Greg Eno

Posts Tagged ‘Pittsburgh Steelers’

The Steel Curtain Closes on a Wonderful Football Life

In football, Uncategorized on June 15, 2014 at 3:57 pm

Rocky Bleier recalled how Chuck Noll once tried to tell a joke.

“It went on and on and he told it so poorly,” formerPittsburgh Steelers running back Bleier said on an episode of NFL Network’s “America’s Game,” chronicling one of the Steelers’ four Super Bowl titles in the 1970s.

The joke landed with a thud.

Bleier and other Steelers teammates recounted on “America’s Game” how Noll, the legendary coach who died the other day at age 82, was right to never quit his day job when it came to comedy.

That day job, of course, was helming the Steelers to the tune of those four rings and spearheading the resurrection of a franchise that was 1-13 in Noll’s first year in 1969.

The Steelers, with Noll’s great influence, drafted with a precision never seen before or after in the NFL. The Hall of Famers kept getting plucked off the board, and not just in the first round.

In 1969, Noll drafted defensive lineman Joe Greene first. In 1970, the Steelers added QB Terry Bradshaw. Those were first-rounders, but throughout most of the ’70s, Noll and the Steelers found diamonds in the rough.

By 1972, just three years after the 1-13 debacle (the Steelers’ only win that year was against the Lions, of course), Noll had the Steelers in the playoffs, as they beat the Oakland Raiders with the famous Immaculate Reception by Franco Harris.

Two years later, the Steelers started their assault on the league by winning their first of four Super Bowls between 1974 and 1979.

Noll’s stoicism and lack of humor was likely forged by playing for Cleveland’s staid Paul Brown, for whom Noll was an offensive lineman from 1953-59, spending his last three years blocking for Jim Brown.

The NFL from the 1950s through the 1990s was nicely segmented into decades that belonged to select franchises.

The ’50s belonged to the Browns and the Detroit Lions. Those two teams accounted for six of the ten champions in the decade, and they usually did so by beating the other for the title.

The 1960s was the Green Bay Packers’ decade. The 1980s and ’90s belonged to the San Francisco 49ers and the Dallas Cowboys, respectively.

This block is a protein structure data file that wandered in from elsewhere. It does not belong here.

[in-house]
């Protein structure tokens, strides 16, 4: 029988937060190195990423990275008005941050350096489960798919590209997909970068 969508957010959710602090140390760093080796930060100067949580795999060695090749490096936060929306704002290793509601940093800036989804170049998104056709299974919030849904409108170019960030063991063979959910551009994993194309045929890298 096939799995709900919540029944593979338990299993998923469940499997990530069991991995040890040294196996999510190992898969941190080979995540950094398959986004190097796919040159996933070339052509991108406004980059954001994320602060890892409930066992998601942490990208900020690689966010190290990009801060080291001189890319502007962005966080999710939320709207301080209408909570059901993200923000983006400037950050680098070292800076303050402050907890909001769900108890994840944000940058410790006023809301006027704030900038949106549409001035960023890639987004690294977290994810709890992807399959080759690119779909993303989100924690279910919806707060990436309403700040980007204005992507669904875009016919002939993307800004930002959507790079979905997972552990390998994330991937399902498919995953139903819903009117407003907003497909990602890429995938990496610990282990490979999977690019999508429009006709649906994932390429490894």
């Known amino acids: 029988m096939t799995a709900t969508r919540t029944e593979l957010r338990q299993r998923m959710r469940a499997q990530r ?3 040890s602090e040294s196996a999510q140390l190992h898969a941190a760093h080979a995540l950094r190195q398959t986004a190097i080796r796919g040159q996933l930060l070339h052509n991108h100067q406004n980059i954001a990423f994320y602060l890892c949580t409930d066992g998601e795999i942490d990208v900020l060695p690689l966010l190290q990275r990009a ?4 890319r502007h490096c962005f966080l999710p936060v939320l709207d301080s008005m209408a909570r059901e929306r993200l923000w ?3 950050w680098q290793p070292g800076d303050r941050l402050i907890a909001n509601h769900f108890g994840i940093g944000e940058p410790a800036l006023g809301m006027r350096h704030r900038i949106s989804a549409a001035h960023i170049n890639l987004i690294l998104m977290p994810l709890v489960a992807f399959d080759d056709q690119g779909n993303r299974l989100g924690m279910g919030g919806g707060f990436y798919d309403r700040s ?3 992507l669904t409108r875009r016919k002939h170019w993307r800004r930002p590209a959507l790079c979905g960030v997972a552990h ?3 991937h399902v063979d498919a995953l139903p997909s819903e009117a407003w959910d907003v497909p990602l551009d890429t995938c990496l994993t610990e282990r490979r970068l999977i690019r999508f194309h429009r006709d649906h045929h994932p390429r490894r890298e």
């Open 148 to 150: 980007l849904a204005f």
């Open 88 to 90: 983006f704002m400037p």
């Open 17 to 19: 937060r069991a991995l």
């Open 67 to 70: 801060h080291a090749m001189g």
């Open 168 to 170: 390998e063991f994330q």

And the 1970s were, unquestioningly, the years of the Steelers.

Noll was Don Shula’s defensive coordinator for the 13-1 Baltimore Colts of 1968—the team that was upset by Joe Namath and the New York Jets in Super Bowl III.

As an assistant, you could do much worse than Noll, who not only worked for Shula, but also for offensive wizard Sid Gillman in San Diego (AFL).

So it was with that pedigree that Noll was hired by Art Rooney Sr. to coach a Steelers team that had long been the sad sacks of the NFL.

The Steelers, for much of the 1960s, were the anti-Packers. A typical year was 5-9. Actually, that was a good year in the Steel City. In those days, Pittsburgh was as associated with winning football as ice cream is with sardines.  Noll took over a team that finished 2-11-1 in 1968.

Despite the drafting of Greene, the Steelers went 1-13 in 1969 but the groundwork was being laid.

But it was the drafting of Bradshaw from Louisiana Tech that began one of the most contentiously successful relationships in pro sports history.

Noll and Bradshaw were the Earl Weaver and Jim Palmer of the NFL.

“My relationship wasn’t good, as you well know, but he made me understand my job responsibilities, because I had to grow up,” Bradshaw said in a statement. “He was a tough coach to me, and I spent more time with him than anybody, so I know. I learned how to be mentally tough with him, and for that I can never say thank you enough, because that got me through divorces, Super Bowls, and those times when I had bad moments in big games.”

The Bradshaw Era ended on a sour note in 1983, when the quarterback felt that Noll rushed Bradshaw back from an elbow injury too soon. Bradshaw re-injured the elbow throwing a pass—his last, which went for a touchdown—and retired.

The bad taste stuck in both parties’ mouths.

But like Weaver and Palmer with the Baltimore Orioles, Noll and Bradshaw managed to win despite their chilly personal relationship.

Noll’s drafting and coaching up of late round picks combined to form a tornado that swept through the NFL in the 1970s. And after those Steelers players retired, Noll was able to re-tool and bring the Steelers back to the AFC Championship game in 1984 with Mark Malone and David Woodley—two guys who, combined, couldn’t hold Bradshaw’s jock—at quarterback.

The great coaches in the NFL have one common thread, and that is the impact they have on their players that extends beyond the playing days. Lombardi’s Packers players will talk all day about how their coach made them better people.